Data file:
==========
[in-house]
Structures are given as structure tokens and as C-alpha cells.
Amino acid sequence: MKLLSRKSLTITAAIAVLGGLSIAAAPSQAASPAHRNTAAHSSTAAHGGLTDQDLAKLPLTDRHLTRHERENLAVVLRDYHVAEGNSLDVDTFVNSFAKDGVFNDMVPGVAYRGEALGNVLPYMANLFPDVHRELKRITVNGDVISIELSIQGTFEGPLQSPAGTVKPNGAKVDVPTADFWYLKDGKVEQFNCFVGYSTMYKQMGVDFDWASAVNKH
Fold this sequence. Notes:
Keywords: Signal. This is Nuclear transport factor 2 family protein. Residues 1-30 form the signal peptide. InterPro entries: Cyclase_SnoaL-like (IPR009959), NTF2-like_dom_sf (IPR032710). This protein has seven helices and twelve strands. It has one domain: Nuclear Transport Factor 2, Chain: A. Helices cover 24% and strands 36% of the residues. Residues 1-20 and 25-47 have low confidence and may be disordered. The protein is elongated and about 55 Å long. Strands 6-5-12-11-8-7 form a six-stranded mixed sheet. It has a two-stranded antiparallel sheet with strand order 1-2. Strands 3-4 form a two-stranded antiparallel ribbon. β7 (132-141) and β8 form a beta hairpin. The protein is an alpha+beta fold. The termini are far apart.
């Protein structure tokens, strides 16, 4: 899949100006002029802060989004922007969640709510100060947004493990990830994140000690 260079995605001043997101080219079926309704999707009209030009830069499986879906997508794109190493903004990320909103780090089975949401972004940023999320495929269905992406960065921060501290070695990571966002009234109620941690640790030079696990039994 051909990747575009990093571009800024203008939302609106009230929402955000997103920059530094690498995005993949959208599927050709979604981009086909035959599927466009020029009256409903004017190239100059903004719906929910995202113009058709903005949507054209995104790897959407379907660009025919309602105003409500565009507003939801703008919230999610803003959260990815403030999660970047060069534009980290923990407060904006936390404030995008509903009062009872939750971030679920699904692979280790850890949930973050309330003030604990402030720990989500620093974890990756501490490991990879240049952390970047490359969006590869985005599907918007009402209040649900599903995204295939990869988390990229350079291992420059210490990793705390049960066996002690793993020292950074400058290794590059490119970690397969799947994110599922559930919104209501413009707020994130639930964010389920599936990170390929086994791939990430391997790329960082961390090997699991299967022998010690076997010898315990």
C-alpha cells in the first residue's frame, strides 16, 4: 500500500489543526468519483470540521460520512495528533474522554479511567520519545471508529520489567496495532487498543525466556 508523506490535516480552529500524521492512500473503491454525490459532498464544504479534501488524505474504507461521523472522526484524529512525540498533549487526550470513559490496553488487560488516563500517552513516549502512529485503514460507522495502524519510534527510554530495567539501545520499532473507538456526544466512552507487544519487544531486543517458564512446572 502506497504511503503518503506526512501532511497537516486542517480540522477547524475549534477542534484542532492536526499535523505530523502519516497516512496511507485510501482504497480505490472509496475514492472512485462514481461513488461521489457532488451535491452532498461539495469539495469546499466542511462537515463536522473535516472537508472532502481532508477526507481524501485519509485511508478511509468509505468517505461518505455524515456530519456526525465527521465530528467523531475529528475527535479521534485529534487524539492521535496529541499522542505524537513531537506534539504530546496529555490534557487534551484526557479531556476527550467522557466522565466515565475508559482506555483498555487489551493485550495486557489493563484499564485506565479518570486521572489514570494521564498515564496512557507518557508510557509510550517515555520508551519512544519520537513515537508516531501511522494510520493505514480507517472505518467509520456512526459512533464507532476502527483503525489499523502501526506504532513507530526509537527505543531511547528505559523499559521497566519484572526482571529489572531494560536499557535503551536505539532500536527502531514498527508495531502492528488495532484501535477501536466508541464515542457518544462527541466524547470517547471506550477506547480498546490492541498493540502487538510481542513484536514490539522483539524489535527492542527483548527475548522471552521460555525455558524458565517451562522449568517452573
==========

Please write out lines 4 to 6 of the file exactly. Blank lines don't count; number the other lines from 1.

Fold this sequence. Notes:
Keywords: Signal. This is Nuclear transport factor 2 family protein. Residues 1-30 form the signal peptide. InterPro entries: Cyclase_SnoaL-like (IPR009959), NTF2-like_dom_sf (IPR032710). This protein has seven helices and twelve strands. It has one domain: Nuclear Transport Factor 2, Chain: A. Helices cover 24% and strands 36% of the residues. Residues 1-20 and 25-47 have low confidence and may be disordered. The protein is elongated and about 55 Å long. Strands 6-5-12-11-8-7 form a six-stranded mixed sheet. It has a two-stranded antiparallel sheet with strand order 1-2. Strands 3-4 form a two-stranded antiparallel ribbon. β7 (132-141) and β8 form a beta hairpin. The protein is an alpha+beta fold. The termini are far apart.
């Protein structure tokens, strides 16, 4: 899949100006002029802060989004922007969640709510100060947004493990990830994140000690 260079995605001043997101080219079926309704999707009209030009830069499986879906997508794109190493903004990320909103780090089975949401972004940023999320495929269905992406960065921060501290070695990571966002009234109620941690640790030079696990039994 051909990747575009990093571009800024203008939302609106009230929402955000997103920059530094690498995005993949959208599927050709979604981009086909035959599927466009020029009256409903004017190239100059903004719906929910995202113009058709903005949507054209995104790897959407379907660009025919309602105003409500565009507003939801703008919230999610803003959260990815403030999660970047060069534009980290923990407060904006936390404030995008509903009062009872939750971030679920699904692979280790850890949930973050309330003030604990402030720990989500620093974890990756501490490991990879240049952390970047490359969006590869985005599907918007009402209040649900599903995204295939990869988390990229350079291992420059210490990793705390049960066996002690793993020292950074400058290794590059490119970690397969799947994110599922559930919104209501413009707020994130639930964010389920599936990170390929086994791939990430391997790329960082961390090997699991299967022998010690076997010898315990």